Mindfulness, and observation, and genuine. A few details of my daily life, mundane but mindful, I suppose. I have a golden yellow scarf that I’ve really been enjoying pairing with maroons and reds, that I am in fact wearing right now, and that feels like fall and sort of funny. There was a mail truck parked in front of my apartment building, and I rushed by it (late, pretty standard) and saw through the open door a banana and an apple resting on the passenger seat (the left seat, in the case of a mail truck), and it was so humanizing, of the absent mailman, who brought himself a banana and apple for an afternoon snack. I was awoken one Saturday morning by chainsaws and noise and ventured out to find a group of men hacking away at the semi-dead but still alive bushes and trees in our apartment courtyard. They left that day a barren expanse of dirt and we were all dismayed until the next Saturday when they returned and put down full green grass and a cute little tacky fountain in the middle. Upgrade! Unexpected and free.
And then a bowl of mini-snickers at the gym. Yes, I did have one, right before I checked facebook at one of the three computers in the lobby.
Here we are, with the immensely difficult task before us of getting to know the beautiful world we live in, and ourselves; and fallible though we are, we nevertheless find that our powers of understanding, surprisingly, are almost adequate for the task–more so than we ever dreamt in our wildest dreams. We really do learn from our mistakes, by trial and error… We can learn, we can grow in knowledge, even if we can never know–that is, know for certain. Since we can learn, there is no reason for despair of reason; and since we can never know, there are no grounds here for smugness.
I found this quote in a book I found in the LA Times book room: What’s Happening to News (The Information Explosion and the Crisis in Journalism). An ironic title to find cast aside in the book room, to be sure. As the book review in Time Out Chicago (the only newpaper that reviewed the book written by the former Chicago Tribune editor) writes: the title should instead be, What’s Happening to News??? … There are no conclusions offered in this book asking the all-pervasive question. What’s happening to news, to print, to media–to people who write, and people who read? It’s an exciting and anxious question. I have no answers here, especially not at 9 on an overcast Sunday evening, but it’s still a good quote to start a week on.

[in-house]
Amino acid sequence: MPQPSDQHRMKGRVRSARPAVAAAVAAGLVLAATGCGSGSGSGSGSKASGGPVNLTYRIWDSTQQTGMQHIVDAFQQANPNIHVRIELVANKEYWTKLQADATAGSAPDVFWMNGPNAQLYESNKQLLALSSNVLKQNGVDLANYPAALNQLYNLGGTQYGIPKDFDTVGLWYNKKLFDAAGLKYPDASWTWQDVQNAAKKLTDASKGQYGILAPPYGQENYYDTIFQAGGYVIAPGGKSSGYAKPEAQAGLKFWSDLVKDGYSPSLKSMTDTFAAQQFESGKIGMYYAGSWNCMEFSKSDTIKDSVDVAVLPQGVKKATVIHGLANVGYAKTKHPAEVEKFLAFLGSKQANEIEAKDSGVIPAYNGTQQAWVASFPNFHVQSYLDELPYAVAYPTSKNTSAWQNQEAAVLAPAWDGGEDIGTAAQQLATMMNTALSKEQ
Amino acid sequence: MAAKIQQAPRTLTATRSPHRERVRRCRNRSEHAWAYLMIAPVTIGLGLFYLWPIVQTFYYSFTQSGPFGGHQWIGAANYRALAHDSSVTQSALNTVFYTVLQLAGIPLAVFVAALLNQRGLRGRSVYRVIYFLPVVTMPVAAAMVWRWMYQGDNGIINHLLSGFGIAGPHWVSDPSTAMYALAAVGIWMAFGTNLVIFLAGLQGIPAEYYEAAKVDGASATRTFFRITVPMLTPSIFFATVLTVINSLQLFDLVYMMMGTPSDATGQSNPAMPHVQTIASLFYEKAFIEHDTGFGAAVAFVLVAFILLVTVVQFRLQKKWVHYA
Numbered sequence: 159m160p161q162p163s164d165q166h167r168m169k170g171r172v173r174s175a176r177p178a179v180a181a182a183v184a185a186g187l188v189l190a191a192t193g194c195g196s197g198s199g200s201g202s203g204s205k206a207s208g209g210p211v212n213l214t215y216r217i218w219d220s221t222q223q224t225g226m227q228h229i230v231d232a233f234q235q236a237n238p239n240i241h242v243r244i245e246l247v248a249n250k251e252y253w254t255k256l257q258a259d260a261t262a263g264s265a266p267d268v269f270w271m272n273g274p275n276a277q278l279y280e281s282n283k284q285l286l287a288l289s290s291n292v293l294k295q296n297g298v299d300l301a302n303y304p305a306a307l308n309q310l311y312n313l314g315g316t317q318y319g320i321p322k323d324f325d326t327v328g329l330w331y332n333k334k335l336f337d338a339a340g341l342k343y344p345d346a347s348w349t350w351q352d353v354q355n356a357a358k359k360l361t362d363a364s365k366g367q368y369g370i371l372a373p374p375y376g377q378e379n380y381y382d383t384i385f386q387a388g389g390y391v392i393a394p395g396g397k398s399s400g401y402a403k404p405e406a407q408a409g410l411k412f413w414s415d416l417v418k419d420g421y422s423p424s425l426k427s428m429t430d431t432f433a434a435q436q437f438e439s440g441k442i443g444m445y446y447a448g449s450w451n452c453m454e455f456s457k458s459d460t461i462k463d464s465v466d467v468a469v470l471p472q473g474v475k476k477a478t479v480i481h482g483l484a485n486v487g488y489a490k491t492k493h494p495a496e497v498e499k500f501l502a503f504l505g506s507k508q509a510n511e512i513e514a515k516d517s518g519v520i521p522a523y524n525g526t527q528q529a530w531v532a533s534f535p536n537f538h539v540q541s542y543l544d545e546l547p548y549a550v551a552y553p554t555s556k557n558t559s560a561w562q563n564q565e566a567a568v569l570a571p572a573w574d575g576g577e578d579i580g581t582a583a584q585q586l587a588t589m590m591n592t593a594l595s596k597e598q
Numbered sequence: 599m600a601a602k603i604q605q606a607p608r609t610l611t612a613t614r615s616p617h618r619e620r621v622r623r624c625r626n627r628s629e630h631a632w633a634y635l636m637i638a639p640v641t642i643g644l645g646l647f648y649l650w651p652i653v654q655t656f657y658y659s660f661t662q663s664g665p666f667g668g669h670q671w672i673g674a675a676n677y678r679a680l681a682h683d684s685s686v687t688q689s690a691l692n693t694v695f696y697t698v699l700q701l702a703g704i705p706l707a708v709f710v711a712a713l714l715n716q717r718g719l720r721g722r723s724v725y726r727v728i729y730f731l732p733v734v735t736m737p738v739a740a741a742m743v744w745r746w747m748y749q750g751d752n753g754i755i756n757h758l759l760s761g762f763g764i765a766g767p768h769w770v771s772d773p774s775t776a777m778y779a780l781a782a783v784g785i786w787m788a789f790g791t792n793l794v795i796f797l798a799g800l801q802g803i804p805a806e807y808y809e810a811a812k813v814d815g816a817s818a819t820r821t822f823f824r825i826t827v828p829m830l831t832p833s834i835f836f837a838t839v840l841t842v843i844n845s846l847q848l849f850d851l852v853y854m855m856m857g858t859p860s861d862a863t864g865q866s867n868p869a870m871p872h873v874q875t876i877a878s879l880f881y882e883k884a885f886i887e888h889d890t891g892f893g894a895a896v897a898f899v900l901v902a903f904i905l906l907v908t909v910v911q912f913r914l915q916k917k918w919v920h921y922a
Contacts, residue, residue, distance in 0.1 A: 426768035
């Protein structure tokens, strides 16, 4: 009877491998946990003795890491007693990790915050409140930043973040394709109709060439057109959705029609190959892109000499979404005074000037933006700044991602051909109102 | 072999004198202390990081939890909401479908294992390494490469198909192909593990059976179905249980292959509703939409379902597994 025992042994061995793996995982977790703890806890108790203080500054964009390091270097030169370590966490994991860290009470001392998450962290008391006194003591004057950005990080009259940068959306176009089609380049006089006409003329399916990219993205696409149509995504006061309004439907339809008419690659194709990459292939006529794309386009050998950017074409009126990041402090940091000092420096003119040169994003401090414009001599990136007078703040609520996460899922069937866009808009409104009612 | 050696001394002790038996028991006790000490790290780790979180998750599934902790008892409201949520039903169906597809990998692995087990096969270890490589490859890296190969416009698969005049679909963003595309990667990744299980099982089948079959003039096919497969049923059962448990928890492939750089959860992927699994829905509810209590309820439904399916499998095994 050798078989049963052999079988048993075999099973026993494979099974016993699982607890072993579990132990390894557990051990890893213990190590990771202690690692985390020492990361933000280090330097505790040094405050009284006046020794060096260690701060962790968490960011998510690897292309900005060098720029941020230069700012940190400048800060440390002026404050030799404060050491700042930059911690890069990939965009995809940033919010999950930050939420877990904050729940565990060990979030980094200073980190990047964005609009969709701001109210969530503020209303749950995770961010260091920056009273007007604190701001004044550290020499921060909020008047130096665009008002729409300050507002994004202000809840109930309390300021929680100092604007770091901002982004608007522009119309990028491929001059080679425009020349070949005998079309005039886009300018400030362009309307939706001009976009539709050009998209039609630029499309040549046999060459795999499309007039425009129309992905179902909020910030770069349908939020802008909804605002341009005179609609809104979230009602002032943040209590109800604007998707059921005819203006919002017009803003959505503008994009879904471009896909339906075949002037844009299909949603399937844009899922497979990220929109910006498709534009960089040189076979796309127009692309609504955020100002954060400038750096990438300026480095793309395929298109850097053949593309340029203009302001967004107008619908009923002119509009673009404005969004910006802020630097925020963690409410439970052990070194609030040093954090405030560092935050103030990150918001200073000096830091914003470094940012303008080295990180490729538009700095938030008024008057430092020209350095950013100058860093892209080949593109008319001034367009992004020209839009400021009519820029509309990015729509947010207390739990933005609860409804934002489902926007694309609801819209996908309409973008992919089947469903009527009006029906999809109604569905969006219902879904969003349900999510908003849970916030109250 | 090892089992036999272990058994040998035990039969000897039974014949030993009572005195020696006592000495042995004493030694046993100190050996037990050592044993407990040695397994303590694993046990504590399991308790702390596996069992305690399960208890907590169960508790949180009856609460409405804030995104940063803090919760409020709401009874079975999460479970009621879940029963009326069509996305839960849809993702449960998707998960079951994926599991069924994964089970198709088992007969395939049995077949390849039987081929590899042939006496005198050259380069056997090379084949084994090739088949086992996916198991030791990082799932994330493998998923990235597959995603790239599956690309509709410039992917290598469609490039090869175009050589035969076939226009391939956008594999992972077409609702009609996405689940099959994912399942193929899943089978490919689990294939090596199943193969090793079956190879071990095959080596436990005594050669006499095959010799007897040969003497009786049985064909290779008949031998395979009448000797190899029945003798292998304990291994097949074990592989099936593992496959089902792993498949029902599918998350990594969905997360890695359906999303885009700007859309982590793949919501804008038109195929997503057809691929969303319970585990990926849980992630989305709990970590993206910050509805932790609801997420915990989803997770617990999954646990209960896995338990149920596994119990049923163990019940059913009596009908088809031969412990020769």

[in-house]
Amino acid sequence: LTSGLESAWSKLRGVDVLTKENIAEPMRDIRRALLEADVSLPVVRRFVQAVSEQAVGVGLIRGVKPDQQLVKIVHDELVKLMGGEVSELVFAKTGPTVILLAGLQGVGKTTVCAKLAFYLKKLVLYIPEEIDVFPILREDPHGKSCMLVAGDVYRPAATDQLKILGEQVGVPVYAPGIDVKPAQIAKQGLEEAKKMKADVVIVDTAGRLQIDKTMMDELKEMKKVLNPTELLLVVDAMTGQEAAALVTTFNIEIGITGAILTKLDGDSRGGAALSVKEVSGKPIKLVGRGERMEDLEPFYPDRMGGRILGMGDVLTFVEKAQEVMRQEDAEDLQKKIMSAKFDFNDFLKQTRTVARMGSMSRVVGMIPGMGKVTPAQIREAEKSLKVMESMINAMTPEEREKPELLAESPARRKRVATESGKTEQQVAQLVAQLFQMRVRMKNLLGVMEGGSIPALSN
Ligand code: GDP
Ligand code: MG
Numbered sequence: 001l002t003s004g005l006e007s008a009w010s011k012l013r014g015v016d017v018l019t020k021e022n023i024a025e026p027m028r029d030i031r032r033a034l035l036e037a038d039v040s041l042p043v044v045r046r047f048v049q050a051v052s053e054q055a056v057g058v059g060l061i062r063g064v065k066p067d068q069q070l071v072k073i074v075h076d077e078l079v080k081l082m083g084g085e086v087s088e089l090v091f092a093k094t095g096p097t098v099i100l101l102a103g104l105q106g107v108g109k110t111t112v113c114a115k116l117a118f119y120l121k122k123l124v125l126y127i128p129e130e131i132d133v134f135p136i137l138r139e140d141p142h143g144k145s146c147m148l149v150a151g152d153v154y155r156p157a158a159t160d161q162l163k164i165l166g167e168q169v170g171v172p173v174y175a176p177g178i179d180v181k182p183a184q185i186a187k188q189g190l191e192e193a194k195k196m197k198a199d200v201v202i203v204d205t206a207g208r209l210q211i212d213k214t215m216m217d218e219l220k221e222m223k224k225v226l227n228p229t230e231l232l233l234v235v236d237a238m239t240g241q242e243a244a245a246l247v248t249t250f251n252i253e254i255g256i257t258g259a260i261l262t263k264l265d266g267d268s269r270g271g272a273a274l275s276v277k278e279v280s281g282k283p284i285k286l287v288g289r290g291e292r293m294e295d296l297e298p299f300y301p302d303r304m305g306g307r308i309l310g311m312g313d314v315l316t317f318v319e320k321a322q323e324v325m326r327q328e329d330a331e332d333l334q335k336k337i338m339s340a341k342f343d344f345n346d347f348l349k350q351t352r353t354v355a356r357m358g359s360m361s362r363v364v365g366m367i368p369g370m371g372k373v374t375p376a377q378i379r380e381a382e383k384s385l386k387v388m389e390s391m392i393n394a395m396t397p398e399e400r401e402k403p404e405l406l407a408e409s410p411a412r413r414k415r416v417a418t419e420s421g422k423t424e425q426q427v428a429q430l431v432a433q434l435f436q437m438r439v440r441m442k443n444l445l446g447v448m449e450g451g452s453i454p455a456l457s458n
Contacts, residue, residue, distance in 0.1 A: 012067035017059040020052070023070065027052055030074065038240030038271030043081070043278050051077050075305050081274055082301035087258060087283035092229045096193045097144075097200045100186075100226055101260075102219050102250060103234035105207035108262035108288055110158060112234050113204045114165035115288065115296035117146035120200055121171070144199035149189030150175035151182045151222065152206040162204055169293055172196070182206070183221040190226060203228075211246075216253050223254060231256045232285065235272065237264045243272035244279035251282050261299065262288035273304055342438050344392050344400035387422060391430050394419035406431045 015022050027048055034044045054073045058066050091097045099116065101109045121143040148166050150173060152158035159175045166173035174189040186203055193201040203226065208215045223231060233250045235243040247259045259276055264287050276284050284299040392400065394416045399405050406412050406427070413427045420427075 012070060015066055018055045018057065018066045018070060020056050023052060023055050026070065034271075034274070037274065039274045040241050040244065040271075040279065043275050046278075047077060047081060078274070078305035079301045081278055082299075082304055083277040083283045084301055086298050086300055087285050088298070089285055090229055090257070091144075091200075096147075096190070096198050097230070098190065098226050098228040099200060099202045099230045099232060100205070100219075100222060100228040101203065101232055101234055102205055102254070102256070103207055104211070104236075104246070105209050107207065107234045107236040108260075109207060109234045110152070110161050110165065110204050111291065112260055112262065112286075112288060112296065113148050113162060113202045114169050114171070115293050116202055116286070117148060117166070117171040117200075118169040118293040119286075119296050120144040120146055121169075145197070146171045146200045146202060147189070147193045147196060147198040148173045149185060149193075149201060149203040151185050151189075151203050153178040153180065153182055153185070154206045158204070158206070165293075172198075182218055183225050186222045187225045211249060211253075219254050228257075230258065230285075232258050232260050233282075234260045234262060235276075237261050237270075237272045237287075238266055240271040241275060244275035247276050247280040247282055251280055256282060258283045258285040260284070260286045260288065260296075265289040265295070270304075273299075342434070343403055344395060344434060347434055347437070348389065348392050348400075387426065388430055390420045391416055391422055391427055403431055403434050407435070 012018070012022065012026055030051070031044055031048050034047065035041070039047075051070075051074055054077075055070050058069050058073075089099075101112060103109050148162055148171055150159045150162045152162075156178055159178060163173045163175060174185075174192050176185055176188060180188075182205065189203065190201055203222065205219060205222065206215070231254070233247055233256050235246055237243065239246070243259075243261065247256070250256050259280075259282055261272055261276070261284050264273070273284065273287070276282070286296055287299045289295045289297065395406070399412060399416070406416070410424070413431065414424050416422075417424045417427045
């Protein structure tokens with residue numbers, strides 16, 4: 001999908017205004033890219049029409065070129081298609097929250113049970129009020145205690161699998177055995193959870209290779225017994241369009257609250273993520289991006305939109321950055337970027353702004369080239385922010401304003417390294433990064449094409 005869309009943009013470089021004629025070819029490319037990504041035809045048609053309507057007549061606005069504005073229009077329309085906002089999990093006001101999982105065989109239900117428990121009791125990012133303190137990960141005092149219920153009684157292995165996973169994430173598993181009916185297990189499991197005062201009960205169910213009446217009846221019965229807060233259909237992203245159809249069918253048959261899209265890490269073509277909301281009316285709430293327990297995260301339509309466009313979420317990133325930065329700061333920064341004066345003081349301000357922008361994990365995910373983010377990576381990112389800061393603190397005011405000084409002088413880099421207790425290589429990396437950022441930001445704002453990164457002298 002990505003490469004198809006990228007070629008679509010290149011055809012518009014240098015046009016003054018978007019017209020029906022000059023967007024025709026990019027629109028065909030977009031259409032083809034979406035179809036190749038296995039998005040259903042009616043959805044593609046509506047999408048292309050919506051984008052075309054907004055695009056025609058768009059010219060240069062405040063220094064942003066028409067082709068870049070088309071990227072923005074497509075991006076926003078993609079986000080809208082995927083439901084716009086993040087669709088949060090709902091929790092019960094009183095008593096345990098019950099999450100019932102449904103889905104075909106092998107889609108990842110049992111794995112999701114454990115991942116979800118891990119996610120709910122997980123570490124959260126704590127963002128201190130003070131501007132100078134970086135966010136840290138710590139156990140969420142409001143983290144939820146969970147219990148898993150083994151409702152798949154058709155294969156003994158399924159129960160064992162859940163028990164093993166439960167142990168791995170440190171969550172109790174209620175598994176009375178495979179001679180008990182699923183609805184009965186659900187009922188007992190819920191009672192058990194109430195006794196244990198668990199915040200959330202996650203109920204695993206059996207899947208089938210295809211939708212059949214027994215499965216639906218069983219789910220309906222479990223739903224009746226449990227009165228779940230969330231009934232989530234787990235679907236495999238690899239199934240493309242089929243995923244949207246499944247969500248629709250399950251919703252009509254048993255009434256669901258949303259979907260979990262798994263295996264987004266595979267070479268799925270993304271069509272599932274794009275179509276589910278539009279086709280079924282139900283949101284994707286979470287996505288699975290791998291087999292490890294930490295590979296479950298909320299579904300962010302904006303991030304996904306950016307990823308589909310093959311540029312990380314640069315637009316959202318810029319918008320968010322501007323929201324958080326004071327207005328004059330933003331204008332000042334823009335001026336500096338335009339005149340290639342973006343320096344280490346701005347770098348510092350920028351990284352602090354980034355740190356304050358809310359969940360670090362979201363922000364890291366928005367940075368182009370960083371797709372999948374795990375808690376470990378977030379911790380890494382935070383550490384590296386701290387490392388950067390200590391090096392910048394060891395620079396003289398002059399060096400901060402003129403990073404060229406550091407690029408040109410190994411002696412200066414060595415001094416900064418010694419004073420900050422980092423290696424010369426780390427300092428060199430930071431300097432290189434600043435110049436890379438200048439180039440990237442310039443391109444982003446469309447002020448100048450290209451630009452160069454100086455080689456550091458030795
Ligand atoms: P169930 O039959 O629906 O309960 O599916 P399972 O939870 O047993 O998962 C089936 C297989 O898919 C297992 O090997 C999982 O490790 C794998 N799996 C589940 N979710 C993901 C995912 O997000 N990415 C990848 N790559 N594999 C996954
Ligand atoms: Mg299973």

Speaking of, apparently the Westside Christian Fellowship across the street gets rowdy on Sunday evenings. Thus the cool and cloudy evening breeze wafting through my open window now carries with it indiscriminate chords of Christian rock. It’s a bit distracting, but… it’s quirky, and so neighborhood-y. Like a good neighbor, they let me park over there when our side of the street is full. It’s very Sunday breezy, and concordant, somehow, with reading Popper in a green armchair and contemplating the big issues.
It rained on Wednesday, unexpected and brief and hot. I was driving up Wilshire to Westwood after a grumpy day had begun to fade into a tired night, and I looked up and there rainbow hung between two silver buildings. So naturally I rolled down my window to take a cell phone photo, and my arm got wet, and I saw my windshield was dotted with erratic wet spots, and that the pavement was too, and suddenly the golden light of dusk turned grey and it was raining.
The first rain of the season was a big deal in Nicaragua, after months and months of scorched dry and cracked dirt, and this rain, two days before October on crowded cement streets, felt of the same monument. Though this summer didn’t feel like summer, all cool and cloudy, and this fall doesn’t feel like fall–thermometer breaking heat in downtown L.A. (front page news!)–the rain felt like an ushering of some kind of season. It’s still 80 degrees on October 1—another 1st! they hurtle in so quickly—but it rained on Wednesday, refreshing and sort of funny: all of us leaning out our windows to take photos of a rainbow with our cell phones. It was energizing, and I’ve gotta good feeling about October.